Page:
Research

THE NEED FOR ADVANCED REACTORS

There are approximately 100 commercial nuclear reactors in the United States. All of these reactors are based on technology more than 60 years old, called Pressurized Water Reactors (PWRs). They use solid uranium fuel that has been enriched so that the fissile isotope (U-235) is more abundant than when uranium is found in nature. They all use water as both the moderator and primary coolant. These reactors are good, but newer reactors can be much better. Key advanced reactor design features that yield superior reactor performance are the uses of liquid fuel in a molten salt coolant.

SOLID VS. LIQUID FUEL

Current nuclear reactors around the world load fuel into the reactor core in the form of a solid. Typically, uranium dioxide is formed into small pellets that are encased in special coatings to prevent the leakage of radioactive materials from the fuel rod into the primary coolant. As the fuel fission, the uranium atom is replaced by a pair of other atoms (called fission fragments). Over time, this process deteriorates the physical integrity of the fuel rod and limits the fuel utilization to only a few percent. Once 3 to 5 percent of the fuel is used, the remainder of the fuel and the fission fragments are set aside and classified as spent nuclear fuel, or more commonly, nuclear waste.

Three major shortcomings are inherent in the use of solid fuel: More than 95 percent of the original fuel is wasted; valuable materials produced as fission fragments (including lifesaving medical isotopes) can’t be harvested; and the potential exists for a serious reactor accident known as a reactor core meltdown during which the solid fuel overheats and melts.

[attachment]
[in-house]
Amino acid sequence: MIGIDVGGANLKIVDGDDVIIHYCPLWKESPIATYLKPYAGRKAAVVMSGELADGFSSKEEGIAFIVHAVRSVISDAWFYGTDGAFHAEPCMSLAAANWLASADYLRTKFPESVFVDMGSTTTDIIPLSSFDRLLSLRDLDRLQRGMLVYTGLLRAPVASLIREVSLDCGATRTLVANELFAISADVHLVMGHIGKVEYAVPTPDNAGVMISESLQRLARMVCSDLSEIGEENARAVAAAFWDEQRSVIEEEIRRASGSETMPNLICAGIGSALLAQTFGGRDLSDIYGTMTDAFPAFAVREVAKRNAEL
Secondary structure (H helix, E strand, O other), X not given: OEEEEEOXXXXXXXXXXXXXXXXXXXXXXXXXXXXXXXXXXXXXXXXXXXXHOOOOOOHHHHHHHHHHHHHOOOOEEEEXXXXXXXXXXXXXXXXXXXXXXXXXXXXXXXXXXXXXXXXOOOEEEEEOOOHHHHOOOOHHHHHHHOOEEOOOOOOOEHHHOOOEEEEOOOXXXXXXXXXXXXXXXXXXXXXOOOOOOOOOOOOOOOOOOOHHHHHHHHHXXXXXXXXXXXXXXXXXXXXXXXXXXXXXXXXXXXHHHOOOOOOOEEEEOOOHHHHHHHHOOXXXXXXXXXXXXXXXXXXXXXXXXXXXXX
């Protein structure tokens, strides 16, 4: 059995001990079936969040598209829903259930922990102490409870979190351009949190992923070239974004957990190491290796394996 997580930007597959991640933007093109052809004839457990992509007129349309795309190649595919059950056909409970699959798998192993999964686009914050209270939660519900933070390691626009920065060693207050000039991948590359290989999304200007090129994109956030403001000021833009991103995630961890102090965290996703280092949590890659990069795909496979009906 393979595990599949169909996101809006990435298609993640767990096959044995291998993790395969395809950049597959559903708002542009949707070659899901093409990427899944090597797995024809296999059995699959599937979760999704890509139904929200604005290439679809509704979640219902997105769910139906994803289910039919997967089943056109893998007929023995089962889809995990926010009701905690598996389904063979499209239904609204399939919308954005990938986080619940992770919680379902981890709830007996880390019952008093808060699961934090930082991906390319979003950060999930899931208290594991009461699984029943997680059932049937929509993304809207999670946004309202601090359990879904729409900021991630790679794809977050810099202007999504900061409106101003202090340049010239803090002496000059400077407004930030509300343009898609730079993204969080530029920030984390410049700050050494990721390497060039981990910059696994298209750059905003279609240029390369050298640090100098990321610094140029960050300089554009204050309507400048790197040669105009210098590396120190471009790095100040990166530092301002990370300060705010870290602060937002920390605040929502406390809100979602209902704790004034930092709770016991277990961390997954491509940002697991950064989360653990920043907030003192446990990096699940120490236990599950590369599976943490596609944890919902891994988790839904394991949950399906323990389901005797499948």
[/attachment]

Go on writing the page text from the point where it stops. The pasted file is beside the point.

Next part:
Using a liquid fueled reactor can eliminate all of these shortcomings. In a liquid fueled reactor the fuel is suspending in the primary coolant like sugar in a cup of coffee. The fuel remains in the reactor until it used resulting in near 100% fuel utilization. The fission fragments are not hidden behind a metal cladding, but are also suspended in the coolant so they can be extracted and used. Finally, there is no solid fuel rod to meld in an accident. In fact, with a liquid fuel the reactor will automatically drain the fuel out of the core if anything causes the reactor temperature to rise too much. Liquid fueled reactors are “walk-away-safe”.

CHOICE OF COOLANT

The purpose of the primary coolant is to absorb the energy released as heat by the fission process and transport that energy to the electricity producing side of the power plant. An ideal coolant would be able to contain a large amount of energy per volume (a quantity known as heat capacity) and remain a liquid at high temperatures. The most common choice of coolant used in nuclear reactors is water.

While water has a high heat capacity as a liquid, it becomes a gas at 100° C. As a gas, it has a very poor heat capacity. To allow the reactor to operate at higher temperatures, the entire reactor core and primary coolant system is designed to operate at very high pressures. This defining characteristic is why these reactors are referred to as Pressurized Water Reactors (PWRs). While this is a proven technology, the shortcomings of water as a coolant and the dangers of operating at high pressures directly contributed to the nuclear accident at Fukushima.

A far superior coolant is a molten salt. A salt in chemistry is just a substance that is held together by the electric force when positive and negative charged ions are mixed. Typically these combine in such a way to form regular crystal structures at room temperature much like ordinary table salt. However, if the temperature of the salt is raised high enough, the solid crystal will melt into a liquid and become a molten salt. Once melted, these molten salts look and flow much like water. Unlike water, though, they do not become a gas until they are over 1400° C, so the reactor core does not have to be built to operate at high pressures. This avoids both the cost and danger associated with PWR.

Finally, it should be noted that operating the reactor at higher temperatures allows a more than 50 percent increase in efficiency when converting heat to electricity